France could reportedly jail illegal immigrants caught using fake identity papers for up to five years, and those entering the country without using a recognised border crossing could get one year, under proposed new laws.
A controversial immigration and asylum bill, which has sparked opposition from rights groups, opposition parties and even members of President Emmanuel Macron’s own party, was due to be presented to the cabinet on Wednesday.
The centrist president, who came to power last year after seeing off the anti-immigrant Front National leader Marine Le Pen, is under pressure to toughen his policy in a country where 63 per cent of people told a recent opinion poll that there were too many immigrants.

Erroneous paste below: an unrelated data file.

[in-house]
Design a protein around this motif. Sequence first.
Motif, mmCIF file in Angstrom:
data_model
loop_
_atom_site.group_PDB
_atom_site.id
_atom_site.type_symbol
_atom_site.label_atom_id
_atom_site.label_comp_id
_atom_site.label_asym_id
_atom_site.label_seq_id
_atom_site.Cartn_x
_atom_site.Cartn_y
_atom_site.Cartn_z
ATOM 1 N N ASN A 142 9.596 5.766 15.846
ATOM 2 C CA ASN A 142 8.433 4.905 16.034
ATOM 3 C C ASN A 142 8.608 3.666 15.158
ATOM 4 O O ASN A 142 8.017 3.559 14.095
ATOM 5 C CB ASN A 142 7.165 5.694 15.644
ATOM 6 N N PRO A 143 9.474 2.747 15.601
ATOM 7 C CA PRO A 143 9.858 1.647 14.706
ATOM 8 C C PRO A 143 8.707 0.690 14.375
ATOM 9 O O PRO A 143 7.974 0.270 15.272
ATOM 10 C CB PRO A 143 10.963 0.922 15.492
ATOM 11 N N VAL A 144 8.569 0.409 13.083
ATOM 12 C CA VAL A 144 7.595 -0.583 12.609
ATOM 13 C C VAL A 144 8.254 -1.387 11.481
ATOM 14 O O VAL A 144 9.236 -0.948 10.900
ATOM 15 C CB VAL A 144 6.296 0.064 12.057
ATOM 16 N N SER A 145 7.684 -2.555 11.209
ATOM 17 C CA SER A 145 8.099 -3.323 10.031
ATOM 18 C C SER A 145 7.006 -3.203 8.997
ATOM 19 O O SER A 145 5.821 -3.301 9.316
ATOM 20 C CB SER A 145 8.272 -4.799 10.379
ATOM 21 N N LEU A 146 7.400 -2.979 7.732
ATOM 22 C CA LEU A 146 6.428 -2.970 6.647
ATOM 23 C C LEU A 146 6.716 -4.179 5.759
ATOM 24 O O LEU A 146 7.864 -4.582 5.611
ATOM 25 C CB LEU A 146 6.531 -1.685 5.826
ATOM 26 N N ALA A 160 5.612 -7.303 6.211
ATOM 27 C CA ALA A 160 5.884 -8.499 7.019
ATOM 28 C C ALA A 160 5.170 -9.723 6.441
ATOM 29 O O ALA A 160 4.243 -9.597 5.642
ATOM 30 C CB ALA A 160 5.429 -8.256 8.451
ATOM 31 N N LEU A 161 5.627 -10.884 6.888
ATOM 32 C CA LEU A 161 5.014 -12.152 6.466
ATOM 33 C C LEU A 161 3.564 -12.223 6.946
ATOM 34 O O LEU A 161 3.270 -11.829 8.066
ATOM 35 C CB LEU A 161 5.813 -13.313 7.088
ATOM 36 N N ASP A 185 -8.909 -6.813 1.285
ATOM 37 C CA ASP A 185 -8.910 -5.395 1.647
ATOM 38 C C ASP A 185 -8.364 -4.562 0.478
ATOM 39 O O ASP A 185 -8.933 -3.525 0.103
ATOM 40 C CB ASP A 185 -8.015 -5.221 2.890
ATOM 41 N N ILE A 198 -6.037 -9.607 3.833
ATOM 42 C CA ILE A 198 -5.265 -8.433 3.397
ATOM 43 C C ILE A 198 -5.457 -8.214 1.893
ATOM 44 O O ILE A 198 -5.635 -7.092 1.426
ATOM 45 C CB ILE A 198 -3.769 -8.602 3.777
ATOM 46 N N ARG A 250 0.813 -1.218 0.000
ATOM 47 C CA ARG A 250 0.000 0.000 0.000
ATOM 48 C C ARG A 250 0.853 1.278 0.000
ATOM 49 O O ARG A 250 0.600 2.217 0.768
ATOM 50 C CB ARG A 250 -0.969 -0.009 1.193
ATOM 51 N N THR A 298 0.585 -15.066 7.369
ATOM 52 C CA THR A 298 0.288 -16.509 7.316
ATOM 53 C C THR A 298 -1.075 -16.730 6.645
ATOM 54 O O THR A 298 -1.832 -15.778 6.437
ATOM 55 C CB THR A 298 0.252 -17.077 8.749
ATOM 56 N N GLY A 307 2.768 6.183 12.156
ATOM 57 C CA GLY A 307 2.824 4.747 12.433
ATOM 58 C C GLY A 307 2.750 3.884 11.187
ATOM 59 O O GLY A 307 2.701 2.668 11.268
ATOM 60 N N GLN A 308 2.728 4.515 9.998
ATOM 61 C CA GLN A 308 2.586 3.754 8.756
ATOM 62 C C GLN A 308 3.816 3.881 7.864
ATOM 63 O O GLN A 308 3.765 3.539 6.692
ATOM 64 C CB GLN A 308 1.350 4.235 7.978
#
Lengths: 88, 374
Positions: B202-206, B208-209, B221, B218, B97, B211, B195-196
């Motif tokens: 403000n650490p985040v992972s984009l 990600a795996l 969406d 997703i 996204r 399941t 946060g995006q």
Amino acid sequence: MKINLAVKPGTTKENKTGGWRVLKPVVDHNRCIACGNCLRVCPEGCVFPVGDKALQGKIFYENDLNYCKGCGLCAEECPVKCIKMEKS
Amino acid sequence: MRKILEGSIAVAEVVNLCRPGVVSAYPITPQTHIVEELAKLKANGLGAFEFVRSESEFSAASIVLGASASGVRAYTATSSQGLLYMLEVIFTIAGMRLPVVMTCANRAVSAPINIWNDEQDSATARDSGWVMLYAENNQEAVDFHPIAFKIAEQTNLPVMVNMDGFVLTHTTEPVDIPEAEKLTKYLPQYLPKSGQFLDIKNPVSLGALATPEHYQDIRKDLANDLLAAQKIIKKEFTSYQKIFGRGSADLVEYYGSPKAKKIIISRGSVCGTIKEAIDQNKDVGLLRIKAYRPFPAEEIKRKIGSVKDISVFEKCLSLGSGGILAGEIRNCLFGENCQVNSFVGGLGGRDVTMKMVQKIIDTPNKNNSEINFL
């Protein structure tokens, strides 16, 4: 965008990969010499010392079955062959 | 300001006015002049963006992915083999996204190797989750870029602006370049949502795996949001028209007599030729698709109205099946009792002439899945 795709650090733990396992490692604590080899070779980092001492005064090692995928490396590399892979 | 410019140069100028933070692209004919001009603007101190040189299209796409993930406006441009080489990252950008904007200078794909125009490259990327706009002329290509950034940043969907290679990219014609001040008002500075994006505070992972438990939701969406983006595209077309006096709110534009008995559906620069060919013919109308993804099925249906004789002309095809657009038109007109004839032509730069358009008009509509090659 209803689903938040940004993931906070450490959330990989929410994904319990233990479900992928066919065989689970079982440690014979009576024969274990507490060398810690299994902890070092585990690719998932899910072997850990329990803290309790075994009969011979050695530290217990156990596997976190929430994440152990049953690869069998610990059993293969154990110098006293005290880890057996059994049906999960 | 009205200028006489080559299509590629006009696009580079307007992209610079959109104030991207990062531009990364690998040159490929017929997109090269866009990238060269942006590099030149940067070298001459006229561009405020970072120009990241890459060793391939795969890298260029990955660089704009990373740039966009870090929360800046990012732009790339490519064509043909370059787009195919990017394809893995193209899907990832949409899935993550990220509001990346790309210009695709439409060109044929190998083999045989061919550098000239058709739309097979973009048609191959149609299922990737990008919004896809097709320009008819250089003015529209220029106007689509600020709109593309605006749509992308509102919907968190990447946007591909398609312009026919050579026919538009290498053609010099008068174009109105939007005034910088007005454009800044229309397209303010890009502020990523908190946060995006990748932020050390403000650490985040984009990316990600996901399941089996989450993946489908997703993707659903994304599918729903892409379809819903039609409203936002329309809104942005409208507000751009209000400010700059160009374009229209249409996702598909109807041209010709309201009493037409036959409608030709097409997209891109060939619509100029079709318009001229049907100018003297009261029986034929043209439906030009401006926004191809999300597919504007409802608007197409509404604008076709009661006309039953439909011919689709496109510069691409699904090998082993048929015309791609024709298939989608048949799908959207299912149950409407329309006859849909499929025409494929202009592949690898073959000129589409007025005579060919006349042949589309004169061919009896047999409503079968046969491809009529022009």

The bill has not yet been made public, but Le Monde newspaper says that its Article 16 calls for illegal immigrants using fake identity papers or someone else’s ID “to stay in the country and for most of the time to work there” would face up to five years in jail and €75,000 (£66,000) euros in fines.
Tens of thousands of illegal immigrants currently work in restaurants, factories, and building sites across France, many of them using fake or borrowed ID. If caught by authorities, few go to court, and if they do they often get only a suspended sentence and a request to leave the country.
After France processed a record 100,000 asylum applications last year, Mr Macron vowed to grant asylum faster but also to deport economic migrants more swiftly, while better integrating those who stay.
The new law will be presented to his cabinet on Wednesday ahead of parliamentary debates that promise to be stormy, with migrant charities and left-wingers blasting the bill as repressive.
“The bill is completely balanced,” Interior Minister Gerard Collomb, who drew up the new bill, insisted last month. “It works on two guiding principles: France must welcome refugees, but it cannot welcome all economic migrants.”